Department of the Army, Corps of Engineers July 18, 2016 – Federal Register Recent Federal Regulation Documents

Intent To Prepare an Environmental Impact Statement for the Lake Okeechobee Watershed Project, Okeechobee, Highlands, Charlotte, Glades, Martin and St. Lucie Counties, Florida
Document Number: 2016-16920
Type: Notice
Date: 2016-07-18
Agency: Department of Defense, Department of the Army, Corps of Engineers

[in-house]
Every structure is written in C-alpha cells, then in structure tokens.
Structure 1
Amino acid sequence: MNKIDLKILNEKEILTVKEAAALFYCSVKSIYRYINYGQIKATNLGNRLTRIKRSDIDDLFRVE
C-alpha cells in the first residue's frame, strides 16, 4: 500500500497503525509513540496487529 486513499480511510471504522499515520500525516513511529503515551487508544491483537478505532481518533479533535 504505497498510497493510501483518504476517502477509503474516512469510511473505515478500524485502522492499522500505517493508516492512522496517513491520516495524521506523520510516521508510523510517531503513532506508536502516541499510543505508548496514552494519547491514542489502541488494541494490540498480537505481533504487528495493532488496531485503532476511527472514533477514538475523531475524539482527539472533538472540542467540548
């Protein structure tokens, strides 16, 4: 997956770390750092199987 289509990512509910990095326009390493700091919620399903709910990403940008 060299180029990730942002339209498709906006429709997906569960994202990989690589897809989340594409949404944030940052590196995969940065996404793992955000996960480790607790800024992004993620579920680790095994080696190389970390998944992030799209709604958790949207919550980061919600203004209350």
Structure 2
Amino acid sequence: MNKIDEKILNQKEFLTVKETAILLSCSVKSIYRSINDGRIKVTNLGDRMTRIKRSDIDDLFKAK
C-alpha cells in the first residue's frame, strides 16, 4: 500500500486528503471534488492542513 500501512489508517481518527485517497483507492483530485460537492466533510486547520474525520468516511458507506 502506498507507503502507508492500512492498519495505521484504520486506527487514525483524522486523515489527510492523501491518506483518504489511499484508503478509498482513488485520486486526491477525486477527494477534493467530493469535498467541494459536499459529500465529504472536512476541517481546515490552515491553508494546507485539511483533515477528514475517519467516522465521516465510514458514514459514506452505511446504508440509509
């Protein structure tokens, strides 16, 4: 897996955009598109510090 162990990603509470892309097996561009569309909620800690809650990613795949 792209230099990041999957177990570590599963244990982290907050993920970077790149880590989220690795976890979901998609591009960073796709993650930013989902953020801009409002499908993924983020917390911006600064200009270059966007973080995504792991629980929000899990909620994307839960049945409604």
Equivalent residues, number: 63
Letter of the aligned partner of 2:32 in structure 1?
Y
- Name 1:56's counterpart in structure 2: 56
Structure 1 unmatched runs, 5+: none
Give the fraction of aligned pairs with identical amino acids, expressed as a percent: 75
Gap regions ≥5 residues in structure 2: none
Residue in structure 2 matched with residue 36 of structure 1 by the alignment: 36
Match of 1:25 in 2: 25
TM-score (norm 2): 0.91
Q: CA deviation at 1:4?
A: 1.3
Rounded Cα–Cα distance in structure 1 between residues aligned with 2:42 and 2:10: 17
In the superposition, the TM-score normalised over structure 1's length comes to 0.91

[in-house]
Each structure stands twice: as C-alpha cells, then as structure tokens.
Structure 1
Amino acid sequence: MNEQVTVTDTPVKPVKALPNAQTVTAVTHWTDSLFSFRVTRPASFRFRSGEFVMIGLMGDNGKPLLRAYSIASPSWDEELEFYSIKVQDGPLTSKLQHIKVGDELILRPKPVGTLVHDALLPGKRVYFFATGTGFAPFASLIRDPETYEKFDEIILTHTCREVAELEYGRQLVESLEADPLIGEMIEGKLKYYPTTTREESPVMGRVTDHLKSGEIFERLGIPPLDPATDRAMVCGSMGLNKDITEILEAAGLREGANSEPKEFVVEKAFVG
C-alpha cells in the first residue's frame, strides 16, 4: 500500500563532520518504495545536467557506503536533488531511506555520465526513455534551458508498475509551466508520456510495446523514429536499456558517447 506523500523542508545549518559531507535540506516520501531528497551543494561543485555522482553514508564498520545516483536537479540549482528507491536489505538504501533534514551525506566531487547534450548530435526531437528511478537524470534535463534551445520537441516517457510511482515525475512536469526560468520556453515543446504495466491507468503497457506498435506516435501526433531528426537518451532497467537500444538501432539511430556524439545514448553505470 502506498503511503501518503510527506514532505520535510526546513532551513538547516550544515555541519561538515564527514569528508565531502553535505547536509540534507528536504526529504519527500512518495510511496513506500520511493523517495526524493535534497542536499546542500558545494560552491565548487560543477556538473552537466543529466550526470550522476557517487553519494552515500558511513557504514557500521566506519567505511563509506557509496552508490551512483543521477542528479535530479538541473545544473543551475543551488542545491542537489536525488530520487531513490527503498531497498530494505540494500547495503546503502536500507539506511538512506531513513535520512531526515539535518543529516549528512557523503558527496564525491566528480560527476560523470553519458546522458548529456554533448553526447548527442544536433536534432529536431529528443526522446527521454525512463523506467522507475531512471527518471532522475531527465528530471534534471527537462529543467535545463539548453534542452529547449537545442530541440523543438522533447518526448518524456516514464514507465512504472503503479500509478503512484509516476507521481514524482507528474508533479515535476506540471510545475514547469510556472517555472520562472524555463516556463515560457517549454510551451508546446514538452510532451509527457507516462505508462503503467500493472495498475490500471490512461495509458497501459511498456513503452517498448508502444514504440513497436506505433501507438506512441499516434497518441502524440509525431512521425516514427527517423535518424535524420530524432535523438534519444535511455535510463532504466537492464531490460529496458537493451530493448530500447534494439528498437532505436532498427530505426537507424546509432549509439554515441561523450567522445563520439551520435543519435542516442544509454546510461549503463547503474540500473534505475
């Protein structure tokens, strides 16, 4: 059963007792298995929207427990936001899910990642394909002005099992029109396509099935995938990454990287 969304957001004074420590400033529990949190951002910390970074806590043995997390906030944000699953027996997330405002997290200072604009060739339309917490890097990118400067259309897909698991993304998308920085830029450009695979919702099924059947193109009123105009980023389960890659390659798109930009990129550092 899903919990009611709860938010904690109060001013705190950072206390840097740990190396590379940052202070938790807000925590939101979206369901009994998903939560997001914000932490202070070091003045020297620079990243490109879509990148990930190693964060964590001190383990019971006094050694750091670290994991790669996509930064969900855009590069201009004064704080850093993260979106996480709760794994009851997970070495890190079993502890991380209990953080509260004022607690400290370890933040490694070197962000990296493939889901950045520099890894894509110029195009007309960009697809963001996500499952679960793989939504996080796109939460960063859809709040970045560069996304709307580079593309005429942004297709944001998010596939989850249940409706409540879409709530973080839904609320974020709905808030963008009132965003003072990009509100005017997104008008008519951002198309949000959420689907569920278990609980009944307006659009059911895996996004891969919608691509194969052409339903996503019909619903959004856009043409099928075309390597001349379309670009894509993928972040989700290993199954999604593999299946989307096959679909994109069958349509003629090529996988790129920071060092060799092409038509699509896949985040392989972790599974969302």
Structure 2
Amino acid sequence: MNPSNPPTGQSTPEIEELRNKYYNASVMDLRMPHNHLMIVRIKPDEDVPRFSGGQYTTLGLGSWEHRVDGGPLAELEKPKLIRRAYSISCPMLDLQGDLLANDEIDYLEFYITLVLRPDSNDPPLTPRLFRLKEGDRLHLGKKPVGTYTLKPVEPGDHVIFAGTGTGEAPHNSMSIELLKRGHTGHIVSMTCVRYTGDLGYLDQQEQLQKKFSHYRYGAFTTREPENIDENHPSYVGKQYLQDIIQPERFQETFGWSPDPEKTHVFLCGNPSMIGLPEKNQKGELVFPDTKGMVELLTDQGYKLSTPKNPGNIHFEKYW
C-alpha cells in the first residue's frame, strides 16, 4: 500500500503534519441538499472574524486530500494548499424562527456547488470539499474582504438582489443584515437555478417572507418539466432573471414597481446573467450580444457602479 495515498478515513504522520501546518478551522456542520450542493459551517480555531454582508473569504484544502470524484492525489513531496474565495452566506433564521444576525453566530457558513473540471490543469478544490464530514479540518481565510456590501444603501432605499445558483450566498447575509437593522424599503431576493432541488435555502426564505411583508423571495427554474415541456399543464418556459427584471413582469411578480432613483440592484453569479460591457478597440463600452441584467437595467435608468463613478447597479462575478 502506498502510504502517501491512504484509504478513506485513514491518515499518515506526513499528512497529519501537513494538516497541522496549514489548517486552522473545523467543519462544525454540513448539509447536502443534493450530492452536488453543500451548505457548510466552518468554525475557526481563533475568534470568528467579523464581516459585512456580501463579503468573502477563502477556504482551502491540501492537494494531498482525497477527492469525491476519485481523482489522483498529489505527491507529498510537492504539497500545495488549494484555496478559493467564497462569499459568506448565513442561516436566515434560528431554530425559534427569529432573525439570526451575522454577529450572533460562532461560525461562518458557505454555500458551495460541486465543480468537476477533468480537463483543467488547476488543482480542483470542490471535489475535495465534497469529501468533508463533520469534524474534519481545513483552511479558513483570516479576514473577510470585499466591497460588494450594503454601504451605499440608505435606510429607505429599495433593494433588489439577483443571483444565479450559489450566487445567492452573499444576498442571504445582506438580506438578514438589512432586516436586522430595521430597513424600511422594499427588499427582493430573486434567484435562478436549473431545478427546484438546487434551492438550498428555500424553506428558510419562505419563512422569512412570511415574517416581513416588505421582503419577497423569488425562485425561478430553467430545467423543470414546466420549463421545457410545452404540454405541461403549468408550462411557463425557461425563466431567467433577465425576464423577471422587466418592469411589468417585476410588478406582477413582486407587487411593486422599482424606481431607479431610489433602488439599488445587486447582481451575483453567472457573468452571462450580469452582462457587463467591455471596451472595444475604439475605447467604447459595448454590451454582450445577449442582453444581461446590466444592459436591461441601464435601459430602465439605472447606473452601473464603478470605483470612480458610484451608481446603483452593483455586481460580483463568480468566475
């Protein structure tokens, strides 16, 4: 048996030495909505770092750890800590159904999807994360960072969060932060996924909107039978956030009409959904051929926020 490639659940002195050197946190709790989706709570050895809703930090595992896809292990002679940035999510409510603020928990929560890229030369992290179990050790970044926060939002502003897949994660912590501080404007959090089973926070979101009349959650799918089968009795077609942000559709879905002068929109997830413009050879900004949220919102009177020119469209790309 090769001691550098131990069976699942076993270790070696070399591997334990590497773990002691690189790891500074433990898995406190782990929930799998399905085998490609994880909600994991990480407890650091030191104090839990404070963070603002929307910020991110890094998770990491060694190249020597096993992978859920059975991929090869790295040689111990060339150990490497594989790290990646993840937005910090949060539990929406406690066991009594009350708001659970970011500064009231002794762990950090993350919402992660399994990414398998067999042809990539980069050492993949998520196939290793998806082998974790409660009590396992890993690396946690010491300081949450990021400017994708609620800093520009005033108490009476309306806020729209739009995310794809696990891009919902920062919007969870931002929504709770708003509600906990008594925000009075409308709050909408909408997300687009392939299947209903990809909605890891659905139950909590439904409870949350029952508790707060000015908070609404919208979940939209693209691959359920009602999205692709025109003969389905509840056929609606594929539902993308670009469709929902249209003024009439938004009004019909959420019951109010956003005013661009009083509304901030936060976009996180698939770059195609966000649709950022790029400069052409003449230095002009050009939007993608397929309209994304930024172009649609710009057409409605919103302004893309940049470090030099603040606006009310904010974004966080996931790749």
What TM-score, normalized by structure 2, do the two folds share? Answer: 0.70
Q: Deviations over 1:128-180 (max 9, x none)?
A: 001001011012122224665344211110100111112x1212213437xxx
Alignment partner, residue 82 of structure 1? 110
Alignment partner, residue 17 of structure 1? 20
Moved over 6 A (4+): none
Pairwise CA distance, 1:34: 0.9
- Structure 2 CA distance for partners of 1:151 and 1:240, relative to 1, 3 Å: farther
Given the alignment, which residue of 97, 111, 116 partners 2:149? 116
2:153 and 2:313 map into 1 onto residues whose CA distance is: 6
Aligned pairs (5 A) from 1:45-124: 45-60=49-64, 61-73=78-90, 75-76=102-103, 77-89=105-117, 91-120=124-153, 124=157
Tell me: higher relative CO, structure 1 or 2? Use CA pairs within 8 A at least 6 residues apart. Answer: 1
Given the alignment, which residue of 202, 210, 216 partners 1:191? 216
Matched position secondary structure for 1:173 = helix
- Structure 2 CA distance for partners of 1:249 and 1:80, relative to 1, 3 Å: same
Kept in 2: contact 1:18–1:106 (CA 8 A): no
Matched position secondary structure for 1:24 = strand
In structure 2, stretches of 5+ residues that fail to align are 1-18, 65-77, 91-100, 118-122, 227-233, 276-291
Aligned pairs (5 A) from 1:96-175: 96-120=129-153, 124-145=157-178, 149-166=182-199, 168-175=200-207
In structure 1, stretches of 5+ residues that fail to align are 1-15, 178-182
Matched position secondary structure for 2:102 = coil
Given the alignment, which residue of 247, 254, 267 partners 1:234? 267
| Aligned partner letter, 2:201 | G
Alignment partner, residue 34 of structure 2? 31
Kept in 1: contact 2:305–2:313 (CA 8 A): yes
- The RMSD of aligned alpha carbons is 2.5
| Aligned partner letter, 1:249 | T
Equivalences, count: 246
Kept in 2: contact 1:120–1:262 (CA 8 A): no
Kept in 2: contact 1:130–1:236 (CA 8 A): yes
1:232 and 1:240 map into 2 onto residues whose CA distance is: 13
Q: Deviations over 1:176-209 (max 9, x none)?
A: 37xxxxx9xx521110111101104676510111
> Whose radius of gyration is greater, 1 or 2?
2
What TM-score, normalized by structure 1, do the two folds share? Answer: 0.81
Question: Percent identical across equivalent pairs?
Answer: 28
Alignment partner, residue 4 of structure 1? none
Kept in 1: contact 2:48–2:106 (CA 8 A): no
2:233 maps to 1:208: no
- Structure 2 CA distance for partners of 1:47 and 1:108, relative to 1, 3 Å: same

The Jacksonville District, U.S. Army Corps of Engineers (Corps) is beginning preparation of a National Environmental Policy Act assessment for the Lake Okeechobee Watershed Project (LOWP). The Everglades ecosystem, including Lake Okeechobee, encompasses a system of diverse wetland landscapes that are hydrologically and ecologically connected across more than 200 miles from north to south and across 18,000 square miles of southern Florida. In 2000, the U.S. Congress authorized the Federal government, in partnership with the State of Florida, to embark upon a multi-decade, multi-billion dollar Comprehensive Everglades Restoration Plan (CERP) to further protect and restore the remaining Everglades ecosystem while providing for other water-related needs of the region. CERP involves modification of the existing network of drainage canals and levees that make up the Central and Southern Florida Flood Control Project. One of the next steps for implementation of CERP is to identify opportunities to restore the quantity, quality, timing and distribution of flows into Lake Okeechobee. The LOW Project preliminary project area, where placement of features will be considered, covers a large portion of the Lake Okeechobee Watershed north of the lake. Water inflows into Lake Okeechobee greatly exceed outflow capacity, thus many times there is too much water within Lake Okeechobee that needs to be released in order to ensure integrity of the Herbert Hoover Dike. At other times, there may be too little water within Lake Okeechobee. Lake levels that are too high or too low, and inappropriate recession and ascension rates, can adversely affect native vegetation, and fish and wildlife species that depend upon the lake for foraging and reproduction. The volume and frequency of undesirable freshwater releases to the east and west lowers salinity in the estuaries, severely impacting oysters, sea grasses, and fish. Additionally, high nutrient levels adversely affect in-lake water quality, estuary habitat, and habitat throughout the Greater Everglades. The objectives of the LOW Project are to improve the quality, quantity, timing and distribution of water entering Lake Okeechobee, provide for better management of lake water levels, reduce damaging releases to the Caloosahatchee and St. Lucie estuaries downstream of the lake and improve system-wide operational flexibility.